Washington — The top U.S. diplomat for Africa encouraged Mali's interim government to follow through on its agreement with the Economic Community of West African States (ECOWAS) to hold free and credible elections by April 2013, saying U.S. assistance to the country beyond critical humanitarian aid cannot resume until the country has transitioned to a new, democratically elected government.
Speaking to the U.S. Senate Foreign Relations Subcommittee on African Affairs in Washington December 5, Assistant Secretary of State for African Affairs Johnnie Carson said Mali's interim government has strengthened its governance in the country, but its election preparations are moving slowly.
"We continue to strongly encourage the interim government to set a date for elections and to develop a road map for the transition to a new, democratically elected government. The United States, along with the international community, stands ready to assist Mali in conducting free, fair and transparent elections," Carson told the panel.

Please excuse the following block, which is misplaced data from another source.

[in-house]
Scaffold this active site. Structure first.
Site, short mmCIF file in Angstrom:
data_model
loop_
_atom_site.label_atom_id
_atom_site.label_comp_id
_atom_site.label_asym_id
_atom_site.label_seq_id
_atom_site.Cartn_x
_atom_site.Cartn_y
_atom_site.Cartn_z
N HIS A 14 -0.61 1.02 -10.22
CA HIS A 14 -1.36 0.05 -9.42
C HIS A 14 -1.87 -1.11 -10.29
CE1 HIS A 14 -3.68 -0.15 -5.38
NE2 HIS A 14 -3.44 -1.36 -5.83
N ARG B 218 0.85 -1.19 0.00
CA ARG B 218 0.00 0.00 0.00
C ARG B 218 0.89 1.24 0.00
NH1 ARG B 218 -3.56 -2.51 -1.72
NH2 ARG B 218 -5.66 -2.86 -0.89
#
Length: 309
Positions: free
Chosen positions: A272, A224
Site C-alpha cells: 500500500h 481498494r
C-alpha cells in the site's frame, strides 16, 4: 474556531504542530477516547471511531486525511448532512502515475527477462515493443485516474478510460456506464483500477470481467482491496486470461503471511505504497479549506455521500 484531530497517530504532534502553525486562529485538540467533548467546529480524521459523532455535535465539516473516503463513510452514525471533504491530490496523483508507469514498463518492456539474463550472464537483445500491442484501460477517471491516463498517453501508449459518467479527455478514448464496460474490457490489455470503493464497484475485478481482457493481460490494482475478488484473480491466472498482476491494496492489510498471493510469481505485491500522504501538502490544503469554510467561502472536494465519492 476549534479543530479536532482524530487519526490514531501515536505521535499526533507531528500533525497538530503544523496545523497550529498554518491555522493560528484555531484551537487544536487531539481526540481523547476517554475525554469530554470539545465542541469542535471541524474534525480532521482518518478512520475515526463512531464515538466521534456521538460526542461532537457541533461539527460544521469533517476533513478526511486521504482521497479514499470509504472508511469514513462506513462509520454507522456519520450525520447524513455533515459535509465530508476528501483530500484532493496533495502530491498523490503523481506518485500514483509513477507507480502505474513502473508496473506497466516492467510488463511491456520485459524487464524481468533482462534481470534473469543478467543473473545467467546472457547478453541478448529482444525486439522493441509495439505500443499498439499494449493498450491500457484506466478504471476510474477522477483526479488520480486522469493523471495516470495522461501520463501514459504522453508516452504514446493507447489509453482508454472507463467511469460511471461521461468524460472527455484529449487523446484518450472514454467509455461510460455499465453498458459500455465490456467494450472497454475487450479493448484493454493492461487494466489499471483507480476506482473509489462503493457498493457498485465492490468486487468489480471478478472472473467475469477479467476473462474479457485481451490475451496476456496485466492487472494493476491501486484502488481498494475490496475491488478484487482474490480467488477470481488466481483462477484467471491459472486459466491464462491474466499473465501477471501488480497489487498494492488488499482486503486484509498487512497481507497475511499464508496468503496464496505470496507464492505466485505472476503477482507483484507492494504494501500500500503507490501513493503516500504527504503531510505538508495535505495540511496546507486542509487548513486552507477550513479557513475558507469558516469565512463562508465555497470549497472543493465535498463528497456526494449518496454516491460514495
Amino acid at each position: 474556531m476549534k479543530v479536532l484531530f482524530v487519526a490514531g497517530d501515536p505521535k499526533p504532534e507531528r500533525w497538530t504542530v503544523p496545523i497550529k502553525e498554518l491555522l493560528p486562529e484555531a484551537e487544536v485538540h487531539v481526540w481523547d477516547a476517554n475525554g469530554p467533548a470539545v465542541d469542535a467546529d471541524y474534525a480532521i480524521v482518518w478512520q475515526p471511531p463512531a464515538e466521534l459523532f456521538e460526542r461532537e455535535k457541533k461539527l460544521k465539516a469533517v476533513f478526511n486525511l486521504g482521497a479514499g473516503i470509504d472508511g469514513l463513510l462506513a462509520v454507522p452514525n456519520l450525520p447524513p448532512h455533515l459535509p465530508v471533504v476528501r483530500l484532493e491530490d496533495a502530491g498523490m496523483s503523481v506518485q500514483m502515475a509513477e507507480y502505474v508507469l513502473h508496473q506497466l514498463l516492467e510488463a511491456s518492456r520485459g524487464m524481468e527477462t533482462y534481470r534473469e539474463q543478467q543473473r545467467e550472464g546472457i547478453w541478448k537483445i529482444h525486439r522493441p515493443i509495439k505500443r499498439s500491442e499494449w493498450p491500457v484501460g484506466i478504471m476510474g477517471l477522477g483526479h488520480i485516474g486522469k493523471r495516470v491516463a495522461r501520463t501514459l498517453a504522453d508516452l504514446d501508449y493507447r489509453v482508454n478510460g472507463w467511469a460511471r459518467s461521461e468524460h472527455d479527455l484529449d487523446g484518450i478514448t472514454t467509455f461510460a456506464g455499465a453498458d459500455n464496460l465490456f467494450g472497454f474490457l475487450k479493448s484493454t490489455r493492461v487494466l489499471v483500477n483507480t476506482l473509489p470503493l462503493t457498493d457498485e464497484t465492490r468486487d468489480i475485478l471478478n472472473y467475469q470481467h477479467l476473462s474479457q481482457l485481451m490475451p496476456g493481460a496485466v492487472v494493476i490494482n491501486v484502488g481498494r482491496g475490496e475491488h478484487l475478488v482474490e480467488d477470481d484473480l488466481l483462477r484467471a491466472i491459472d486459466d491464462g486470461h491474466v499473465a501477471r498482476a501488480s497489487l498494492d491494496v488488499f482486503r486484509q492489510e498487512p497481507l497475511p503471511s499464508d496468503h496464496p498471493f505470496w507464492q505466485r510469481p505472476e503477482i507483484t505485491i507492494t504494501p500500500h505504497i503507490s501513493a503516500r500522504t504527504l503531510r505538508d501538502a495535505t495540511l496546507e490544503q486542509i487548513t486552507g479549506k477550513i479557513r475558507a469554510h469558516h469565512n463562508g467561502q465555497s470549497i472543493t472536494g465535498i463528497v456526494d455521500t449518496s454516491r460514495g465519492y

Mali's government was toppled by a March 21 coup. Two-thirds of the country is now controlled by Islamic extremists who have allowed the terrorist group al-Qaida in the Islamic Maghreb (AQIM), the Movement for Unity and Jihad in West Africa and other affiliated groups to operate inside the country.
Mali is facing "four distinct but overlapping challenges" that need to be responded to simultaneously and which will require "comprehensive, sustained and dedicated regional and international support and engagement," Carson said.
Along with restoring democracy and countering the threat from terrorist groups, there also needs to be a negotiated political solution to address the legitimate grievances of moderate Tuaregs, an ethnic Berber people who inhabit parts of Mali and other nations in the Sahara region, and to respond to the humanitarian crisis caused by the country's instability, he said.